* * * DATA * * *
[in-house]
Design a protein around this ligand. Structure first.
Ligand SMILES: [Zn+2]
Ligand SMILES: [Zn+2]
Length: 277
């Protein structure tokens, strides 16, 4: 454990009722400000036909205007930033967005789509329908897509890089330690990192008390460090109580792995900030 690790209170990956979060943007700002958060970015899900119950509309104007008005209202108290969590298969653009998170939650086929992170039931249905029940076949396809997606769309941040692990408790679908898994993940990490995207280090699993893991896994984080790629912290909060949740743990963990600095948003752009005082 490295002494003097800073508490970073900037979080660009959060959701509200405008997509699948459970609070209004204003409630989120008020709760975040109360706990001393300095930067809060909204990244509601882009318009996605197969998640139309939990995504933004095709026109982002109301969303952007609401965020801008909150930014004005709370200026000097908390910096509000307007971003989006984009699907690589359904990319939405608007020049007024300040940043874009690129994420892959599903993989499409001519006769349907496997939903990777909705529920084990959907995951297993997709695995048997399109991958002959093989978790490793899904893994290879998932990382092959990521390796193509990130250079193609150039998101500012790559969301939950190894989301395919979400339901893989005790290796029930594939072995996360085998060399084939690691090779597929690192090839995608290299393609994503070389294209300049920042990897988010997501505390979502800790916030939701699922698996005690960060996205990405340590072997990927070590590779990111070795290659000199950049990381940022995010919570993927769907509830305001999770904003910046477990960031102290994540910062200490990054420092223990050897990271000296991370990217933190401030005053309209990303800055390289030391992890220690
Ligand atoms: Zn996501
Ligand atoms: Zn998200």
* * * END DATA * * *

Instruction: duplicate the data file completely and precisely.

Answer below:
[in-house]
Design a protein around this ligand. Structure first.
Ligand SMILES: [Zn+2]
Ligand SMILES: [Zn+2]
Length: 277
């Protein structure tokens, strides 16, 4: 454990009722400000036909205007930033967005789509329908897509890089330690990192008390460090109580792995900030 690790209170990956979060943007700002958060970015899900119950509309104007008005209202108290969590298969653009998170939650086929992170039931249905029940076949396809997606769309941040692990408790679908898994993940990490995207280090699993893991896994984080790629912290909060949740743990963990600095948003752009005082 490295002494003097800073508490970073900037979080660009959060959701509200405008997509699948459970609070209004204003409630989120008020709760975040109360706990001393300095930067809060909204990244509601882009318009996605197969998640139309939990995504933004095709026109982002109301969303952007609401965020801008909150930014004005709370200026000097908390910096509000307007971003989006984009699907690589359904990319939405608007020049007024300040940043874009690129994420892959599903993989499409001519006769349907496997939903990777909705529920084990959907995951297993997709695995048997399109991958002959093989978790490793899904893994290879998932990382092959990521390796193509990130250079193609150039998101500012790559969301939950190894989301395919979400339901893989005790290796029930594939072995996360085998060399084939690691090779597929690192090839995608290299393609994503070389294209300049920042990897988010997501505390979502800790916030939701699922698996005690960060996205990405340590072997990927070590590779990111070795290659000199950049990381940022995010919570993927769907509830305001999770904003910046477990960031102290994540910062200490990054420092223990050897990271000296991370990217933190401030005053309209990303800055390289030391992890220690
Ligand atoms: Zn996501
Ligand atoms: Zn998200």